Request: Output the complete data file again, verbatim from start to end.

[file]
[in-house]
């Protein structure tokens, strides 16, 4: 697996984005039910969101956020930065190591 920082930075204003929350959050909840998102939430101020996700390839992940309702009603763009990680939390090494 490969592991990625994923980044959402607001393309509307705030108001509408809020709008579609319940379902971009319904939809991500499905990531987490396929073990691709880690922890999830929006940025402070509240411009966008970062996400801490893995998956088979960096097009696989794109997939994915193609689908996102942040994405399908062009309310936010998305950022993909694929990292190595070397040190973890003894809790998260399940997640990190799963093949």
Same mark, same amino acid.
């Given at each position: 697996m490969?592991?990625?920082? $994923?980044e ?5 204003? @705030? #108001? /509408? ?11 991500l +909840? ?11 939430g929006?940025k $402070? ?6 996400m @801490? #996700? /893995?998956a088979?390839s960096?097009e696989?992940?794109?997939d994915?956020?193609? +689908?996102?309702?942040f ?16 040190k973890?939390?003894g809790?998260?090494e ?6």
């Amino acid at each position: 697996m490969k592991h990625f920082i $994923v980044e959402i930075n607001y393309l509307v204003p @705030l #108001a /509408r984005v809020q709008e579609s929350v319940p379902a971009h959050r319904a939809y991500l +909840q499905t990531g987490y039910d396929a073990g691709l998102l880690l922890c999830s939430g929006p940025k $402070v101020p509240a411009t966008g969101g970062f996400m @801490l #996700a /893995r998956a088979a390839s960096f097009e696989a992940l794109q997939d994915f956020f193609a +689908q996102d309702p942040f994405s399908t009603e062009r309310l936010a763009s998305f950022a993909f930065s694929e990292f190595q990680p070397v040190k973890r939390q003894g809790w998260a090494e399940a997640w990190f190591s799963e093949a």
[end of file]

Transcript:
[in-house]
């Protein structure tokens, strides 16, 4: 697996984005039910969101956020930065190591 920082930075204003929350959050909840998102939430101020996700390839992940309702009603763009990680939390090494 490969592991990625994923980044959402607001393309509307705030108001509408809020709008579609319940379902971009319904939809991500499905990531987490396929073990691709880690922890999830929006940025402070509240411009966008970062996400801490893995998956088979960096097009696989794109997939994915193609689908996102942040994405399908062009309310936010998305950022993909694929990292190595070397040190973890003894809790998260399940997640990190799963093949």
Same mark, same amino acid.
């Given at each position: 697996m490969?592991?990625?920082? $994923?980044e ?5 204003? @705030? #108001? /509408? ?11 991500l +909840? ?11 939430g929006?940025k $402070? ?6 996400m @801490? #996700? /893995?998956a088979?390839s960096?097009e696989?992940?794109?997939d994915?956020?193609? +689908?996102?309702?942040f ?16 040190k973890?939390?003894g809790?998260?090494e ?6």
């Amino acid at each position: 697996m490969k592991h990625f920082i $994923v980044e959402i930075n607001y393309l509307v204003p @705030l #108001a /509408r984005v809020q709008e579609s929350v319940p379902a971009h959050r319904a939809y991500l +909840q499905t990531g987490y039910d396929a073990g691709l998102l880690l922890c999830s939430g929006p940025k $402070v101020p509240a411009t966008g969101g970062f996400m @801490l #996700a /893995r998956a088979a390839s960096f097009e696989a992940l794109q997939d994915f956020f193609a +689908q996102d309702p942040f994405s399908t009603e062009r309310l936010a763009s998305f950022a993909f930065s694929e990292f190595q990680p070397v040190k973890r939390q003894g809790w998260a090494e399940a997640w990190f190591s799963e093949a």